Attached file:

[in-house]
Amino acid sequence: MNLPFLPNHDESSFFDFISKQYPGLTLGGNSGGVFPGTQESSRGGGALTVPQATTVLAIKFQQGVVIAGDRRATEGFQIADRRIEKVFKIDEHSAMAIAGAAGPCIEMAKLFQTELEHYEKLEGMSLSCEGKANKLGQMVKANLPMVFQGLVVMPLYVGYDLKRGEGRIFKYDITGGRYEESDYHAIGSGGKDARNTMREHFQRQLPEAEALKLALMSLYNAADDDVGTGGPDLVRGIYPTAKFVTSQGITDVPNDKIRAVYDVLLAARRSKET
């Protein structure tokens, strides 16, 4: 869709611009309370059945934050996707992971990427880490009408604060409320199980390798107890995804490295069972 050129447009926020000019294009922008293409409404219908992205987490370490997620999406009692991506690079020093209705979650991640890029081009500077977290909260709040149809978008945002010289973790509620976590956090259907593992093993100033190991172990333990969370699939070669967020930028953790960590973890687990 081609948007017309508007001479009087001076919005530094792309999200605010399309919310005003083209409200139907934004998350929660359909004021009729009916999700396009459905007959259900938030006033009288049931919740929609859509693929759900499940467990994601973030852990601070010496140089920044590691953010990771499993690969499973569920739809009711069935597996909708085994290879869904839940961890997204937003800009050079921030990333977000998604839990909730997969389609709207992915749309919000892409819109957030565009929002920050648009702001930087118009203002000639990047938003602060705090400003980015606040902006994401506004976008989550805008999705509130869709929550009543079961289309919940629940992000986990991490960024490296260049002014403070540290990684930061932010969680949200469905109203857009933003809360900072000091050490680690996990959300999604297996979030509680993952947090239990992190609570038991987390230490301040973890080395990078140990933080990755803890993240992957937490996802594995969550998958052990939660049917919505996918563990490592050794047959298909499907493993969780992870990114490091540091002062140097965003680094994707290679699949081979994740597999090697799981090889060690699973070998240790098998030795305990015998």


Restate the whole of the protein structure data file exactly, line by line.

[in-house]
Amino acid sequence: MNLPFLPNHDESSFFDFISKQYPGLTLGGNSGGVFPGTQESSRGGGALTVPQATTVLAIKFQQGVVIAGDRRATEGFQIADRRIEKVFKIDEHSAMAIAGAAGPCIEMAKLFQTELEHYEKLEGMSLSCEGKANKLGQMVKANLPMVFQGLVVMPLYVGYDLKRGEGRIFKYDITGGRYEESDYHAIGSGGKDARNTMREHFQRQLPEAEALKLALMSLYNAADDDVGTGGPDLVRGIYPTAKFVTSQGITDVPNDKIRAVYDVLLAARRSKET
């Protein structure tokens, strides 16, 4: 869709611009309370059945934050996707992971990427880490009408604060409320199980390798107890995804490295069972 050129447009926020000019294009922008293409409404219908992205987490370490997620999406009692991506690079020093209705979650991640890029081009500077977290909260709040149809978008945002010289973790509620976590956090259907593992093993100033190991172990333990969370699939070669967020930028953790960590973890687990 081609948007017309508007001479009087001076919005530094792309999200605010399309919310005003083209409200139907934004998350929660359909004021009729009916999700396009459905007959259900938030006033009288049931919740929609859509693929759900499940467990994601973030852990601070010496140089920044590691953010990771499993690969499973569920739809009711069935597996909708085994290879869904839940961890997204937003800009050079921030990333977000998604839990909730997969389609709207992915749309919000892409819109957030565009929002920050648009702001930087118009203002000639990047938003602060705090400003980015606040902006994401506004976008989550805008999705509130869709929550009543079961289309919940629940992000986990991490960024490296260049002014403070540290990684930061932010969680949200469905109203857009933003809360900072000091050490680690996990959300999604297996979030509680993952947090239990992190609570038991987390230490301040973890080395990078140990933080990755803890993240992957937490996802594995969550998958052990939660049917919505996918563990490592050794047959298909499907493993969780992870990114490091540091002062140097965003680094994707290679699949081979994740597999090697799981090889060690699973070998240790098998030795305990015998």